A PCC in a more traditional form gives an option to those looking for a semi-automatic rifle for plinking or self-defense in states that restrict certain firearm features (the PC Carbine is available in a version with a 10-round magazine and non-threaded barrel). Combining classic lines with modern conveniences, the Ruger PC Carbine proves that “traditional” does not have to mean “primitive.”
Heckler & Koch USC—.45 ACP
Just as submachine guns continue to hold their place within military and law enforcement circles, their semi-automatic siblings also occupy a niche in the civilian market. The semi-automatic SMG category of contemporary PCCs includes designs like the Beretta CX4 Storm, CZ Scorpion, FN PS90, Kalashnikov USA KR9, KRISS Vector, PTR9R, SIG Sauer MPX and Thompson Model 1927A1. These firearms have the rugged simplicity and proven reliability that comes from their military lineages. This pedigree comes at a price, as they also tend to be the more expensive firearms on the PCC market, and typically use their own proprietary magazines.
In 1999, Heckler & Koch released its UMP (Universal Machine Pistol) submachine gun. It differed from the company’s legacy MP5 in several ways. It replaced metal with polymer in many areas, including the magazine and receiver, to reduce weight and cost. The MP5 rear diopter sight was changed to a simple adjustable rear sight with both aperture and open-notch leafs. The UMP also dispensed with H&K’s famous roller-delayed-blowback action and used a simple blowback mechanism. A modular design, the UMP is made in 9 mm Luger, .40 S&W and .45 ACP, and the basic firearm has the ability to be converted to any of the three chamberings by swapping barrel, magazine and bolt.
The following year, the company introduced its Universal Self-loading Carbine (USC), a semi-automatic-only version of the UMP for civilians. Available only in .45 ACP, the USC was in production until 2013. Due to popular demand, in 2018 it was re-introduced by H&K as a “limited production” item. Beyond the fact that it sports a 16" barrel and is semi-automatic-only, the USC has several other changes from its UMP sibling so that it can be manufactured in Germany and imported into the United States. The stock is fixed and of a one-piece “thumbhole” configuration. The rifle’s 10-round magazine holds its cartridges in a single stack and is not compatible with UMP magazines.
PCCs based on submachine gun designs offer civilians a well-engineered rifle with battle-proven credentials. In the case of the H&K USC, modern European design combines with a classic American handgun cartridge.
Glock-Mag AR With A Twist
Angstadt Arms/Macon Armory—10 mm auto
In 1982, Colt introduced a 9 mm submachine gun version of the M16. Three years later, it brought out a semi-automatic 16"-barreled carbine version, and the AR-15 pistol-caliber carbine was born. They were soon joined by AR-15 innovator Olympic Arms, which expanded the pistol-caliber-AR market beyond 9 mm to include .40 S&W, .45 ACP and 10 mm Auto. Though Olympic started out using modified Uzi magazines in its PCCs, by the late 1990s it was making AR-15 lowers compatible with common pistol magazines, including the Glock.
While the 10 mm Auto cartridge has traditionally been somewhat of a rarity in rifles, the recent resurgence in interest in the cartridge has crossed over into the PCC world. Pistol-caliber carbines in 10 mm Auto are now available from companies such as CMMG, KRISS USA, Just Right, TNW and Hi-Point. A 16" barrel wrings the maximum performance out of the high-strung 10 mm Auto, with several of the cartridges I tested producing more than 700 ft.-lbs. of muzzle energy. A PCC in 10 mm takes a pistol cartridge into the realm of close-range hunting for medium-size game.
In AR-15 rifle form, though, the 10 mm is still uncommon. While the aforementioned 10 mm PCCs have plenty of room in their receivers to house a bolt with enough mass to handle the pressures developed by the 10 mm cartridge, the AR-15 presents its own problems when trying to fit a blowback system within the confines of a 5.56 mm-sized receiver. Even when chambered in 9 mm, an AR-15-type rifle must be adapted to a blowback action, with extra weight added to the bolt, a reinforced hammer and heavier buffer.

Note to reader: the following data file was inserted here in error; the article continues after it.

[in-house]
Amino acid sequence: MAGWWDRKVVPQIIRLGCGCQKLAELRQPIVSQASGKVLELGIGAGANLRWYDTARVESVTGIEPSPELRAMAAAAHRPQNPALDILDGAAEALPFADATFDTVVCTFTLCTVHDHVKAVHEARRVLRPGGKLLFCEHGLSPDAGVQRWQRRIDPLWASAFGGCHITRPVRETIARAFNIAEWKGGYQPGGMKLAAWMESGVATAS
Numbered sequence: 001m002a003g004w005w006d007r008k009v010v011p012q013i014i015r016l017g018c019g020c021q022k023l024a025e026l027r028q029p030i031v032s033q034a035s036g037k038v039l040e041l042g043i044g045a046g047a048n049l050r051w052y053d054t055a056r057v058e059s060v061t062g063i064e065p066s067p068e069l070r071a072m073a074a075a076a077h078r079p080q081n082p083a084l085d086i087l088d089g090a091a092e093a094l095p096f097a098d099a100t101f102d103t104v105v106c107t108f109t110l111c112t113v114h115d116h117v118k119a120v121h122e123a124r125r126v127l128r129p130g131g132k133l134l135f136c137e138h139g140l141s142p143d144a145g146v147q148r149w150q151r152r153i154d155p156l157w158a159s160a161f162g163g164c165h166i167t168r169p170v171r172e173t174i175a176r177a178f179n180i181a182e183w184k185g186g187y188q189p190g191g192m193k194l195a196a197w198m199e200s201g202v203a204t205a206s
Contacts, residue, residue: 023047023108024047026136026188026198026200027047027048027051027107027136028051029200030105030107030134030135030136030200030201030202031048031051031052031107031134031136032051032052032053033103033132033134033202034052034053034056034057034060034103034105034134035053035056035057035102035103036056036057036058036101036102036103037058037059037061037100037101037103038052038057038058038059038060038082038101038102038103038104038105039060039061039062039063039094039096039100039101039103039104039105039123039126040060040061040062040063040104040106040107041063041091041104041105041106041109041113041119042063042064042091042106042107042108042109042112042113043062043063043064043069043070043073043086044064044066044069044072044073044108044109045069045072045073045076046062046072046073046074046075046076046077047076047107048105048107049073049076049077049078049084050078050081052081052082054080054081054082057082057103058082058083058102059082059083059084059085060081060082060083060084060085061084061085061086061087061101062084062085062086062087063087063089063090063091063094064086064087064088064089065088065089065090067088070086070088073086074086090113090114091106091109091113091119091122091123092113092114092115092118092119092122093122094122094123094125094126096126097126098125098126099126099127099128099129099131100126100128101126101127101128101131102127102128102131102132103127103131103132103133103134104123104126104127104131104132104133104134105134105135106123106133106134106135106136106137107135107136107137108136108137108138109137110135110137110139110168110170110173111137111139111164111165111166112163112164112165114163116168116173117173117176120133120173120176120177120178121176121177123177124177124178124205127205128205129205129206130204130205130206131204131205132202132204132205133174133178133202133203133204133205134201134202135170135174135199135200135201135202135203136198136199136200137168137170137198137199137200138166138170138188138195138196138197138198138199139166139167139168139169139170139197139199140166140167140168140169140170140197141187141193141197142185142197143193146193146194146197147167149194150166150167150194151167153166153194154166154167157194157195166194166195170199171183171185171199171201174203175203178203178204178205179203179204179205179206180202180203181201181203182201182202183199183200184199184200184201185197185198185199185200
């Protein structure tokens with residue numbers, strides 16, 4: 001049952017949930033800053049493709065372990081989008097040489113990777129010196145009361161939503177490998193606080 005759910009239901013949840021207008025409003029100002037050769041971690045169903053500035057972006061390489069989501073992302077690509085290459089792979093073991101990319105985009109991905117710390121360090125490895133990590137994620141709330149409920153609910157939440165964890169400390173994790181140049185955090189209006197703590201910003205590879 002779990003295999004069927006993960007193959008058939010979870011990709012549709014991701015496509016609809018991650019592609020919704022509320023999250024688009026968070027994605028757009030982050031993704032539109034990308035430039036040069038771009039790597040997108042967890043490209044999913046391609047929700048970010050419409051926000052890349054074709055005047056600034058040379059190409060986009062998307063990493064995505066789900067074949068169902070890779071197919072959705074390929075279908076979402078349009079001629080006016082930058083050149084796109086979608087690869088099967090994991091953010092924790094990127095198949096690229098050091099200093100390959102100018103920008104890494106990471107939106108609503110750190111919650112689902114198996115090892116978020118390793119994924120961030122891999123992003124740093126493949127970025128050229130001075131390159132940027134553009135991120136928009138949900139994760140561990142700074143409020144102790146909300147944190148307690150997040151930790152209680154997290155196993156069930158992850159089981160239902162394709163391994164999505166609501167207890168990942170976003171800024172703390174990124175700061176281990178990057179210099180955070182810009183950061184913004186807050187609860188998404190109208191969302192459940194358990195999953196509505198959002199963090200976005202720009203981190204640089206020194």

A solution to this problem is offered by Georgia-based Macon Armory. Known for its AR-45 .45 ACP AR-15 conversions, Macon builds an upper chambered in 10 mm Auto that is a locked-breech design with direct-impingement (DI) gas operation. Starting with a standard upper receiver, that includes a forward assist, a case deflector and a dustcover, Macon modifies a standard AR bolt and carrier to accommodate the 10 mm cartridge. Under the upper’s free-float handguard, a low-profile gas block routes a custom-length gas tube back into the receiver. The system works exactly like a standard rifle-caliber AR-15. When a cartridge is fired, a small amount of gas is bled off the barrel. It travels back the gas tube into the receiver where it causes the carrier to move rearward, unlocking the multi-lug, rotating bolt.
The 10 mm carbine I tested illustrates another popular trend in the PCC world: build your own. Just like rifle-caliber ARs, those who want to build their own pistol-caliber AR-15s are faced with an aftermarket that is overwhelming in its options. Macon Armory recommends pairing its upper with an Angstadt Arms lower. We followed its advice, sourcing Angstadt’s large-frame, Glock-magazine-compatible 1045 lower receiver. The billet receiver comes stripped, except for its proprietary parts, including the magazine release and bolt hold-open lever. We completed the build with a standard AR-15 lower parts kit and a VLTOR EMOD stock. Because of its direct-impingement operation, the Macon Armory upper is compatible with standard AR hammers and a carbine-weight buffer system.
Pistol-caliber AR-15s bring many advantages to the PCC world. They combine the familiarity of America’s most popular rifle with DIY-friendly aftermarket support. Toss in the 10 mm cartridge and our Macon Armory/Angstadt Arms build pushes AR PCC performance to the max.
Nearly 150 years after Colt decided to chamber its famed Frontier Six-Shooter in the .44-40 round used by Winchester’s Model 1873, pistol-caliber carbines still offer many of the same advantages. Pistol-caliber long guns are an affordable, compact, lightweight and low-recoiling option when compared with carbines or rifles chambered for rifle cartridges. In addition, they offer greater effective accuracy and increased power over a handgun chambered for the same cartridge. In times when some cartridges may be in short supply, having a rifle and a handgun use the same ammunition can simplify a shooter’s logistics. The modern development of having both feed from the same magazine multiplies the value of that simplification. Whether for hunting, home defense, plinking or competitive shooting, pistol-caliber carbines represent a practical choice.
One rifle, one handgun, one cartridge.